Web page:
New STD Superbug: Gonorrhea Evolves Multi-drug Resistance

June 6th, 2012

NewsRescue– The sexually transmitted Gonorrhea bacteria has been discovered to have evolved into a dangerous, multi-drug resistant superbug.

Known to cause various symptoms from penile and vaginal discomfort or burning pain and discharge to epididymitis, pelvic inflammatory disease and even affecting joints and heart valves. Gonorrhea infection, caused by the Neisseria gonorrhoeae bacteria upon infection of women often leads to infertility, abortions and ectopics, and in pregnancy causes blindness in babies.

According to a release from the WHO, cephalosporins, the last line in defense against the infection are now becoming ineffective in combating infection.

Resistance to therapy has been found in Australia, France, Japan, Norway, Sweden and the United Kingdom.

The consequences of the multi-drug resistance, which is precipitated by lack of adherence to dose regimens and compliance to drug prescriptions; also due to overzealous use of antibiotics, is ‘deadly’, and more so in the ‘third world, where there is less access to advanced therapy.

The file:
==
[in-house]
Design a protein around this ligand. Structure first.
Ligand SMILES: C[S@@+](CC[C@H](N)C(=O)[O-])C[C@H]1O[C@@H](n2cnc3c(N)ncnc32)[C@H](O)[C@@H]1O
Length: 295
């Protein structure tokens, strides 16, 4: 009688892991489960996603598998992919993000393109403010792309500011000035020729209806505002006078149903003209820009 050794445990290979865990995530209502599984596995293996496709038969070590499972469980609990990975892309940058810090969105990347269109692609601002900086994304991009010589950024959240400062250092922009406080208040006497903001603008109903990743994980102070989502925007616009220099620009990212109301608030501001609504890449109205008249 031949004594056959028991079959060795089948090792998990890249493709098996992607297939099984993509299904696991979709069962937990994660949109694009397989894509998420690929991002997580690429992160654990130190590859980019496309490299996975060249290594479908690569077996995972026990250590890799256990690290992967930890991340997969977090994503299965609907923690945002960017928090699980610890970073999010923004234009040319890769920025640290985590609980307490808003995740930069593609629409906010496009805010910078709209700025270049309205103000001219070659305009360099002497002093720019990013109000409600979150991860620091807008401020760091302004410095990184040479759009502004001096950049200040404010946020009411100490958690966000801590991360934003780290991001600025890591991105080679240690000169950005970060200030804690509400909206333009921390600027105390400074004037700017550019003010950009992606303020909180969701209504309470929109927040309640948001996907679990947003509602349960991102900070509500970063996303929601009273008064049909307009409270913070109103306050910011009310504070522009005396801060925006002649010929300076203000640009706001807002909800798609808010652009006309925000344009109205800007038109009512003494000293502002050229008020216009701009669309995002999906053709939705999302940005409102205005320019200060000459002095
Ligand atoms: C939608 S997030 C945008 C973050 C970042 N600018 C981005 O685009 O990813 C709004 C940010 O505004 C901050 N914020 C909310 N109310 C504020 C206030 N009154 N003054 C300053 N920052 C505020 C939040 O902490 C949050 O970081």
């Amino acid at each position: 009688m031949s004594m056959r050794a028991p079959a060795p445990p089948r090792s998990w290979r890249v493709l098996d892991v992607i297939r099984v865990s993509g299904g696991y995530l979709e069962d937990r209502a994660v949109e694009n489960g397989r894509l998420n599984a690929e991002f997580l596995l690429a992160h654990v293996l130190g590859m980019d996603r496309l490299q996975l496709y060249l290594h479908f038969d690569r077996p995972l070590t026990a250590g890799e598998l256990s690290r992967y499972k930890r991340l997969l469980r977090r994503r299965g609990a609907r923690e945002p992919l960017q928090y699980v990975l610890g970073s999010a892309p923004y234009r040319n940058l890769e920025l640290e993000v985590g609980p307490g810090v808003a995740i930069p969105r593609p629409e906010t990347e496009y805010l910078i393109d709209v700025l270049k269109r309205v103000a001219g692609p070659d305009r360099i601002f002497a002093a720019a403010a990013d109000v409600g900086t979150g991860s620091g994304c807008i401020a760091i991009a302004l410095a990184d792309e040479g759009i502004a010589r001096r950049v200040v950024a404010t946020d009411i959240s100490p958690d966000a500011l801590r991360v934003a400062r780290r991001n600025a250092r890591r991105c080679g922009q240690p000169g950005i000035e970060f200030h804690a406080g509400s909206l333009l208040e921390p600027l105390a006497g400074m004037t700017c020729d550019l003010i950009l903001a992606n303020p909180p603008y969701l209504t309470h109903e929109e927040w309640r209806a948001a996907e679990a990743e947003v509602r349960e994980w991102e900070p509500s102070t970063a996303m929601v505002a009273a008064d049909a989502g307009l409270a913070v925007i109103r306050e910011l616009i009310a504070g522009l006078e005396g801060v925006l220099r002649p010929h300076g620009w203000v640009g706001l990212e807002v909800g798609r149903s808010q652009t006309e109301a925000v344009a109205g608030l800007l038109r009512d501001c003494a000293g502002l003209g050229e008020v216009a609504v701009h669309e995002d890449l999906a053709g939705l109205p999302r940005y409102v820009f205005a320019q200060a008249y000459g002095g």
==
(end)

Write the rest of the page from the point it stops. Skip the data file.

Evolution of the newest superbug

In February last year, the Northwestern University discovered human DNA in gonorrhea genome. This land breaking discovery explained and predicted the capacity of gonorrhea to rapidly evolve.

Taking up and incorporating human DNA into its own genome enables a limitless ability for the bacteria to re-conform and ‘transform’ its DNA sequences.

According to the LATimes:

Anderson said the team didn’t know how the human DNA functioned in N. gonorrhoeae (that’s something he and his colleagues will study in the future,) nor precisely how the DNA got there in the first place.

Scientists have observed similar genetic transfers across species, he said — including relatively frequent transfers between different bacteria, between bacteria and viruses or between bacteria and other microbes such as yeast. One particularly significant exchange involves antibiotic resistance genes; when bacteria share these, it can make infections harder to treat with antibiotics.

But Anderson said that to his knowledge, this is the first time researchers have observed a direct gene transfer from humans to a pathogenic bacterium.  “This is a very rare observation,” he said.

Gonorrhea is transmitted by vaginal, oral and anal sex. Over 100 million people are infected with the bacteria every year.

The consequence of its drug resistance is grave.